All these people and their everyday tales can also provide an excellent starting point for a story - see that well dressed man over there - say what if that's not his wife and he's having an affair. Or what if that young girl was here today to meet her father for the very first time, Or what if the nervous looking woman who blinks too quickly has just heard some life-changing news. If you want to kick start a story, there's certainly plenty of material in the coffee shop. And of course you also get to drink coffee too. Let's not forget the added benefit of caffeine!

Once you've had your fix and picked up all the writing gems you require for the day, you can head home and get scribbling. And don't worry if you miss the coffee shop buzz, you can simply load an App to your computer and you're back in the zone. I particularly like Coffitivity. Try it out to see what you think.

Enjoy your writing and be thankful for the humble coffee shop - it's a writer's paradise!

Wednesday, 2 April 2014


In the world of writing, especially when you're starting off and new to everything, it can be easy to stay in your comfort zone. You know what I mean - we like to stay safe, keep ourselves in positions where we don't rock the boat or cause too much conflict -  because we wouldn't want that would we?

Let's face it, we've all undoubtedly read books and stories where the writer has taken this approach and often it's disappointing. I'm sure you know the sort of thing - the ending was kind of mwah or left you wondering how you might get the eight hours back you spent reading the book. You may even have felt let down - after all you committed to this and thought you were in a balanced relationship, only to find that actually the author wasn't as committed as you thought.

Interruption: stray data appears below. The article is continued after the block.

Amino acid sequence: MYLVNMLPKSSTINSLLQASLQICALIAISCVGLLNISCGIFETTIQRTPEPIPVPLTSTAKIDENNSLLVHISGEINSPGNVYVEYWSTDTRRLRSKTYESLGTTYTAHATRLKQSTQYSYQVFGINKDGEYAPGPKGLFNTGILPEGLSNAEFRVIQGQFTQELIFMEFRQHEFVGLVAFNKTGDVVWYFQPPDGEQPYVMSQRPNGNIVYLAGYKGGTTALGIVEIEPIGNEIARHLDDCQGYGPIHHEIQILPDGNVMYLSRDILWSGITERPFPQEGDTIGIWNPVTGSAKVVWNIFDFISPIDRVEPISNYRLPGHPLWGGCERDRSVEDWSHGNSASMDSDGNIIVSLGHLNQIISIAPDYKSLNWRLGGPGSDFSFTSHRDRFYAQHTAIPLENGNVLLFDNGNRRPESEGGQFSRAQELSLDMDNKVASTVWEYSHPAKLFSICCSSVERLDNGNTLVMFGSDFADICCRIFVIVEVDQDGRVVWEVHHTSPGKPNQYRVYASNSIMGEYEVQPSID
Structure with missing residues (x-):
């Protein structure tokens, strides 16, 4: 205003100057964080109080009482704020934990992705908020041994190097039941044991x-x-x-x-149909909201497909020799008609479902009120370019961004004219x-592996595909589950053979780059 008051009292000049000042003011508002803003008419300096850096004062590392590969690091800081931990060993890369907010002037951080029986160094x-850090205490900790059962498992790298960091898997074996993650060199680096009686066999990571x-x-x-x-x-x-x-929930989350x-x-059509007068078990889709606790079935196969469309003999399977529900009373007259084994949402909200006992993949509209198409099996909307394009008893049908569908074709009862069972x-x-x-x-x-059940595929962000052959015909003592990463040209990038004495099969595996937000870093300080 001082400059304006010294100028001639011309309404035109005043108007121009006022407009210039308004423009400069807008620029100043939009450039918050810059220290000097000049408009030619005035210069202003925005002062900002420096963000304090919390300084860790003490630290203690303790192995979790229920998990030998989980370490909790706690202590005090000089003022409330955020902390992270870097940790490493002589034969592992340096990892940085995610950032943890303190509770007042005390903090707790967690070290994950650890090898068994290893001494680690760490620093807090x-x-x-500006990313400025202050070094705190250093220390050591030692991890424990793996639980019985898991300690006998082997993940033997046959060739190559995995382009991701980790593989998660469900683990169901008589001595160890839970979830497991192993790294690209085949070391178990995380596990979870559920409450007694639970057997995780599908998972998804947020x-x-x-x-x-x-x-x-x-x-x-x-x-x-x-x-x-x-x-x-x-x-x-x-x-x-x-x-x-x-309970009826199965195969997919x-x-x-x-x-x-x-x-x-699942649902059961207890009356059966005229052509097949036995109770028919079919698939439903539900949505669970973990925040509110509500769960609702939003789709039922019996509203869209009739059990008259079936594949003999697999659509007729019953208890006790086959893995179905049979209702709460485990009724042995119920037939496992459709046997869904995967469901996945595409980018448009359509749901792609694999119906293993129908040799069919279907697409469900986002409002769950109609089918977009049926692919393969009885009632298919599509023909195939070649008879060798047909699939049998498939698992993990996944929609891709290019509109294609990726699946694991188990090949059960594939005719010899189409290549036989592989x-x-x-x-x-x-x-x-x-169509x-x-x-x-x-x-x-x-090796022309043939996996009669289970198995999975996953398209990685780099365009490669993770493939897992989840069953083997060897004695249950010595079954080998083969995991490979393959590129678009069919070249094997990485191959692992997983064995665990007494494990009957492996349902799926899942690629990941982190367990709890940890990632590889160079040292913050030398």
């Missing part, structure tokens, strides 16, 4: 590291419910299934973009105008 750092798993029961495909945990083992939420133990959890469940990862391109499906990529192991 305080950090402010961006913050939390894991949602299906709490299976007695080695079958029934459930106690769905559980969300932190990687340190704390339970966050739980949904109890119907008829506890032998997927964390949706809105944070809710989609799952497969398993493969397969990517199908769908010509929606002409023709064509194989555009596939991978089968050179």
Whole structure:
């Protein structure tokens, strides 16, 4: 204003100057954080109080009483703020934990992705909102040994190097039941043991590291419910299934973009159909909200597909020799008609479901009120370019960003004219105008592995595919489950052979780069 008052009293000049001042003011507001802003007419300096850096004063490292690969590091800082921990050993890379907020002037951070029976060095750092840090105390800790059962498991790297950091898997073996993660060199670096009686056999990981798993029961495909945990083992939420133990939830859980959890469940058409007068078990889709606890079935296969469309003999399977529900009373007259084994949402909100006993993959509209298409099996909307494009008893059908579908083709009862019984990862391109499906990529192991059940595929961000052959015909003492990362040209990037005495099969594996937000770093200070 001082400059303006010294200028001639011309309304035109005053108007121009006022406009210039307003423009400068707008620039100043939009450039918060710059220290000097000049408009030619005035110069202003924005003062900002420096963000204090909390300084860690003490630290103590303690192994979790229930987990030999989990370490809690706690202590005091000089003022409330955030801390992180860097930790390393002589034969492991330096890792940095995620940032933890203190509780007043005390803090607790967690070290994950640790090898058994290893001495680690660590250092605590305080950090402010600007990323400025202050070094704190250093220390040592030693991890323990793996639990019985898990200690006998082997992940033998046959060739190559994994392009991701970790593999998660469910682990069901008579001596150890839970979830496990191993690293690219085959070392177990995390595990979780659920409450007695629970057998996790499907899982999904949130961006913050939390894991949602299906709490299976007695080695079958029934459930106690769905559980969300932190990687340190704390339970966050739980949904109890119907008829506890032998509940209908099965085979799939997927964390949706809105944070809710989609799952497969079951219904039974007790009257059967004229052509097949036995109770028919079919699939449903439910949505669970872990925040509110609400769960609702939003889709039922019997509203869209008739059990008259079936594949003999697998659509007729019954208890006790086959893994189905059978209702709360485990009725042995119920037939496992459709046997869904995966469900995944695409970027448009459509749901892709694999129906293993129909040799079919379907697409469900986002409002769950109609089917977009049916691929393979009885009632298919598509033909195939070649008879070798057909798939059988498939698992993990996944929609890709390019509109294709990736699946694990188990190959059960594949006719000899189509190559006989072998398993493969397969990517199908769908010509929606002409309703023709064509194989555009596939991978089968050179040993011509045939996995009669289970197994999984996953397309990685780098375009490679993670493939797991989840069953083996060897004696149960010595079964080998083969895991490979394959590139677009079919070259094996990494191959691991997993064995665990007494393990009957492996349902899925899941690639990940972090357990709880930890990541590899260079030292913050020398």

So I say, embrace your boldness - write about those things that make your heart soar but also those that make your heart bleed. Show your readers raw emotion, take them on your journey, make them walk in your shoes. Share laughter and pain, take them to new heights and drop them to the lowest ebb. Make them want to be part of the story. Make them believe.


Go on, give it a try.  You know you want to.

Tuesday, 1 April 2014

Acting Like a Writer

So how do you act like a Writer?

If I put that sentence into a search engine, all sorts of wonderful posts come up - How to think and act like a writer, how to dress like a writer, how to be a writer. It seems that I could spend days reading about the act of being a writer rather than actually getting on with the act of being a writer!